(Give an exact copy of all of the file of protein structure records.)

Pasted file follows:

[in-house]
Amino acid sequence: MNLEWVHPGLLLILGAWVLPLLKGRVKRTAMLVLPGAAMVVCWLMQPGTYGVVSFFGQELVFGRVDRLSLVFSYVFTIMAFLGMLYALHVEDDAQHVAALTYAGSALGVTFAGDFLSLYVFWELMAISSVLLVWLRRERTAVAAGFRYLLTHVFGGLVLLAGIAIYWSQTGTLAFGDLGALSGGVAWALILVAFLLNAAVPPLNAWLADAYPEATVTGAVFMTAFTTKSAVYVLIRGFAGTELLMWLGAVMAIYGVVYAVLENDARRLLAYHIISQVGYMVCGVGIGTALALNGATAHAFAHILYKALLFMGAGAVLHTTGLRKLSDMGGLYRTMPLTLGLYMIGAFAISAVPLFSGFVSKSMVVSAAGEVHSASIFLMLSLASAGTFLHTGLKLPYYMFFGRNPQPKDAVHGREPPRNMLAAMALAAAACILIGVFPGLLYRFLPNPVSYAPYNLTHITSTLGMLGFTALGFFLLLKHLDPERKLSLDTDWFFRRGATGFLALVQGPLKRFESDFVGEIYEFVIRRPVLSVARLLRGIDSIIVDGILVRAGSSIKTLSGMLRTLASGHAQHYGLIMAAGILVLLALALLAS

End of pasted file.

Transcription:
[in-house]
Amino acid sequence: MNLEWVHPGLLLILGAWVLPLLKGRVKRTAMLVLPGAAMVVCWLMQPGTYGVVSFFGQELVFGRVDRLSLVFSYVFTIMAFLGMLYALHVEDDAQHVAALTYAGSALGVTFAGDFLSLYVFWELMAISSVLLVWLRRERTAVAAGFRYLLTHVFGGLVLLAGIAIYWSQTGTLAFGDLGALSGGVAWALILVAFLLNAAVPPLNAWLADAYPEATVTGAVFMTAFTTKSAVYVLIRGFAGTELLMWLGAVMAIYGVVYAVLENDARRLLAYHIISQVGYMVCGVGIGTALALNGATAHAFAHILYKALLFMGAGAVLHTTGLRKLSDMGGLYRTMPLTLGLYMIGAFAISAVPLFSGFVSKSMVVSAAGEVHSASIFLMLSLASAGTFLHTGLKLPYYMFFGRNPQPKDAVHGREPPRNMLAAMALAAAACILIGVFPGLLYRFLPNPVSYAPYNLTHITSTLGMLGFTALGFFLLLKHLDPERKLSLDTDWFFRRGATGFLALVQGPLKRFESDFVGEIYEFVIRRPVLSVARLLRGIDSIIVDGILVRAGSSIKTLSGMLRTLASGHAQHYGLIMAAGILVLLALALLAS